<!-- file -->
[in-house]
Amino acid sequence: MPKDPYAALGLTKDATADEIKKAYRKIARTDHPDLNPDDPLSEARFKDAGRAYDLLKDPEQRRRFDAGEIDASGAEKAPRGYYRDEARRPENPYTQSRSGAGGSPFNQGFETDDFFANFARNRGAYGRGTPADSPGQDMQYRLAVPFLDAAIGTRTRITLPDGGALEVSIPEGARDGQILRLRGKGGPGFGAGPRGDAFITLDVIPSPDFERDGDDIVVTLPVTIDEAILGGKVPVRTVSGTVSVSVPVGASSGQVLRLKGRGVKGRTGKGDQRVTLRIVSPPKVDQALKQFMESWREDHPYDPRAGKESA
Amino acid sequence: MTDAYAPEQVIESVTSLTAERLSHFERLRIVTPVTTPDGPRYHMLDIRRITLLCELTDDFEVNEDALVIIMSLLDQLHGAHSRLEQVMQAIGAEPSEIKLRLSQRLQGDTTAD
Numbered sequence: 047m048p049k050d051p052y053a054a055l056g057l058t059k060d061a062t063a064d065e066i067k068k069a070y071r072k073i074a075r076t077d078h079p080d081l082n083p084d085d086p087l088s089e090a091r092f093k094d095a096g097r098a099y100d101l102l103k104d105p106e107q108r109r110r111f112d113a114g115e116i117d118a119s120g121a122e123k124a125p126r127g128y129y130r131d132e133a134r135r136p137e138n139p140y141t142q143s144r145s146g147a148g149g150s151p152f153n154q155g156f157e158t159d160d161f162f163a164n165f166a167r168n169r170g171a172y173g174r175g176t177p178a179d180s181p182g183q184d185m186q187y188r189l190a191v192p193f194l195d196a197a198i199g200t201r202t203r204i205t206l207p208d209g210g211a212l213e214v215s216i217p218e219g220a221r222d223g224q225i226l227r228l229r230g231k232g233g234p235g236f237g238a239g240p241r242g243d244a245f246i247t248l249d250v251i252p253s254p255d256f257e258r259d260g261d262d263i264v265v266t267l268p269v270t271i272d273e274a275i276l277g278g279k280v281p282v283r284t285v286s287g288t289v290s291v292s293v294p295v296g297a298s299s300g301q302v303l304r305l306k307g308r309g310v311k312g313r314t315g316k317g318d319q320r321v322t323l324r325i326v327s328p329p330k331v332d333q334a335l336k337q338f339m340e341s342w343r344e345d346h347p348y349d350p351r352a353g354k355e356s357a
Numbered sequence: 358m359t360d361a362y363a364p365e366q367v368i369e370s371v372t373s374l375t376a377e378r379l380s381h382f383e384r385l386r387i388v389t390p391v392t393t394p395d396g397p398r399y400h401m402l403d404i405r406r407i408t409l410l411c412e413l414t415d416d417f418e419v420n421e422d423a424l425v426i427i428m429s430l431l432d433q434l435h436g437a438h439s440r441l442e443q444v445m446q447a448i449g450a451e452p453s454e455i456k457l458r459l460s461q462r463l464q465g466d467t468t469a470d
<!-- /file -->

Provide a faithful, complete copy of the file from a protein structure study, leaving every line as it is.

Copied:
[in-house]
Amino acid sequence: MPKDPYAALGLTKDATADEIKKAYRKIARTDHPDLNPDDPLSEARFKDAGRAYDLLKDPEQRRRFDAGEIDASGAEKAPRGYYRDEARRPENPYTQSRSGAGGSPFNQGFETDDFFANFARNRGAYGRGTPADSPGQDMQYRLAVPFLDAAIGTRTRITLPDGGALEVSIPEGARDGQILRLRGKGGPGFGAGPRGDAFITLDVIPSPDFERDGDDIVVTLPVTIDEAILGGKVPVRTVSGTVSVSVPVGASSGQVLRLKGRGVKGRTGKGDQRVTLRIVSPPKVDQALKQFMESWREDHPYDPRAGKESA
Amino acid sequence: MTDAYAPEQVIESVTSLTAERLSHFERLRIVTPVTTPDGPRYHMLDIRRITLLCELTDDFEVNEDALVIIMSLLDQLHGAHSRLEQVMQAIGAEPSEIKLRLSQRLQGDTTAD
Numbered sequence: 047m048p049k050d051p052y053a054a055l056g057l058t059k060d061a062t063a064d065e066i067k068k069a070y071r072k073i074a075r076t077d078h079p080d081l082n083p084d085d086p087l088s089e090a091r092f093k094d095a096g097r098a099y100d101l102l103k104d105p106e107q108r109r110r111f112d113a114g115e116i117d118a119s120g121a122e123k124a125p126r127g128y129y130r131d132e133a134r135r136p137e138n139p140y141t142q143s144r145s146g147a148g149g150s151p152f153n154q155g156f157e158t159d160d161f162f163a164n165f166a167r168n169r170g171a172y173g174r175g176t177p178a179d180s181p182g183q184d185m186q187y188r189l190a191v192p193f194l195d196a197a198i199g200t201r202t203r204i205t206l207p208d209g210g211a212l213e214v215s216i217p218e219g220a221r222d223g224q225i226l227r228l229r230g231k232g233g234p235g236f237g238a239g240p241r242g243d244a245f246i247t248l249d250v251i252p253s254p255d256f257e258r259d260g261d262d263i264v265v266t267l268p269v270t271i272d273e274a275i276l277g278g279k280v281p282v283r284t285v286s287g288t289v290s291v292s293v294p295v296g297a298s299s300g301q302v303l304r305l306k307g308r309g310v311k312g313r314t315g316k317g318d319q320r321v322t323l324r325i326v327s328p329p330k331v332d333q334a335l336k337q338f339m340e341s342w343r344e345d346h347p348y349d350p351r352a353g354k355e356s357a
Numbered sequence: 358m359t360d361a362y363a364p365e366q367v368i369e370s371v372t373s374l375t376a377e378r379l380s381h382f383e384r385l386r387i388v389t390p391v392t393t394p395d396g397p398r399y400h401m402l403d404i405r406r407i408t409l410l411c412e413l414t415d416d417f418e419v420n421e422d423a424l425v426i427i428m429s430l431l432d433q434l435h436g437a438h439s440r441l442e443q444v445m446q447a448i449g450a451e452p453s454e455i456k457l458r459l460s461q462r463l464q465g466d467t468t469a470d